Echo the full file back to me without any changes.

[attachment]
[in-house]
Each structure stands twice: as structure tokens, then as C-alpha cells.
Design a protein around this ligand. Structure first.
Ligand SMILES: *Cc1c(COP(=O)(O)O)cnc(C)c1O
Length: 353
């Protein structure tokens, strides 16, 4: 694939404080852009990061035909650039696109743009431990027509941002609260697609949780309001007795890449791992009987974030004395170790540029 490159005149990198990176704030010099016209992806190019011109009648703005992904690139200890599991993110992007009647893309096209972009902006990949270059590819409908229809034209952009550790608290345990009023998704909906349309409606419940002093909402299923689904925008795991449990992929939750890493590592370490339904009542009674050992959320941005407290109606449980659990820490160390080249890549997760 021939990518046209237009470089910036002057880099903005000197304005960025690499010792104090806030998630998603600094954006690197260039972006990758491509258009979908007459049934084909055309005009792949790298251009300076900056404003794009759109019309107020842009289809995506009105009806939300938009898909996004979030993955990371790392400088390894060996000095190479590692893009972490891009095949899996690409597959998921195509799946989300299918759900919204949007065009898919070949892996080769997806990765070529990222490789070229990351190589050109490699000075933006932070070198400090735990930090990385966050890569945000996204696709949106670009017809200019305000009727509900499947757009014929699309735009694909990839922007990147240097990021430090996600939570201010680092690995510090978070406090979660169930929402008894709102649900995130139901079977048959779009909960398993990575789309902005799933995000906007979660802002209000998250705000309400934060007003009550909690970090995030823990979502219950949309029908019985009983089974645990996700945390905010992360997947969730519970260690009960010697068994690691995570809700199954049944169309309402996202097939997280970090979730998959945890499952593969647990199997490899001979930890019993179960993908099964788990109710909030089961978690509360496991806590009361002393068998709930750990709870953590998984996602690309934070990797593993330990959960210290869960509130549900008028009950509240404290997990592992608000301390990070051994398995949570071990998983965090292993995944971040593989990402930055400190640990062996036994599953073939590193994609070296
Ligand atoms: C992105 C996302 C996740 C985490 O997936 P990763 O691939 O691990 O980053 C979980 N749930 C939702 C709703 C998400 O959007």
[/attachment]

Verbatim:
[in-house]
Each structure stands twice: as structure tokens, then as C-alpha cells.
Design a protein around this ligand. Structure first.
Ligand SMILES: *Cc1c(COP(=O)(O)O)cnc(C)c1O
Length: 353
């Protein structure tokens, strides 16, 4: 694939404080852009990061035909650039696109743009431990027509941002609260697609949780309001007795890449791992009987974030004395170790540029 490159005149990198990176704030010099016209992806190019011109009648703005992904690139200890599991993110992007009647893309096209972009902006990949270059590819409908229809034209952009550790608290345990009023998704909906349309409606419940002093909402299923689904925008795991449990992929939750890493590592370490339904009542009674050992959320941005407290109606449980659990820490160390080249890549997760 021939990518046209237009470089910036002057880099903005000197304005960025690499010792104090806030998630998603600094954006690197260039972006990758491509258009979908007459049934084909055309005009792949790298251009300076900056404003794009759109019309107020842009289809995506009105009806939300938009898909996004979030993955990371790392400088390894060996000095190479590692893009972490891009095949899996690409597959998921195509799946989300299918759900919204949007065009898919070949892996080769997806990765070529990222490789070229990351190589050109490699000075933006932070070198400090735990930090990385966050890569945000996204696709949106670009017809200019305000009727509900499947757009014929699309735009694909990839922007990147240097990021430090996600939570201010680092690995510090978070406090979660169930929402008894709102649900995130139901079977048959779009909960398993990575789309902005799933995000906007979660802002209000998250705000309400934060007003009550909690970090995030823990979502219950949309029908019985009983089974645990996700945390905010992360997947969730519970260690009960010697068994690691995570809700199954049944169309309402996202097939997280970090979730998959945890499952593969647990199997490899001979930890019993179960993908099964788990109710909030089961978690509360496991806590009361002393068998709930750990709870953590998984996602690309934070990797593993330990959960210290869960509130549900008028009950509240404290997990592992608000301390990070051994398995949570071990998983965090292993995944971040593989990402930055400190640990062996036994599953073939590193994609070296
Ligand atoms: C992105 C996302 C996740 C985490 O997936 P990763 O691939 O691990 O980053 C979980 N749930 C939702 C709703 C998400 O959007």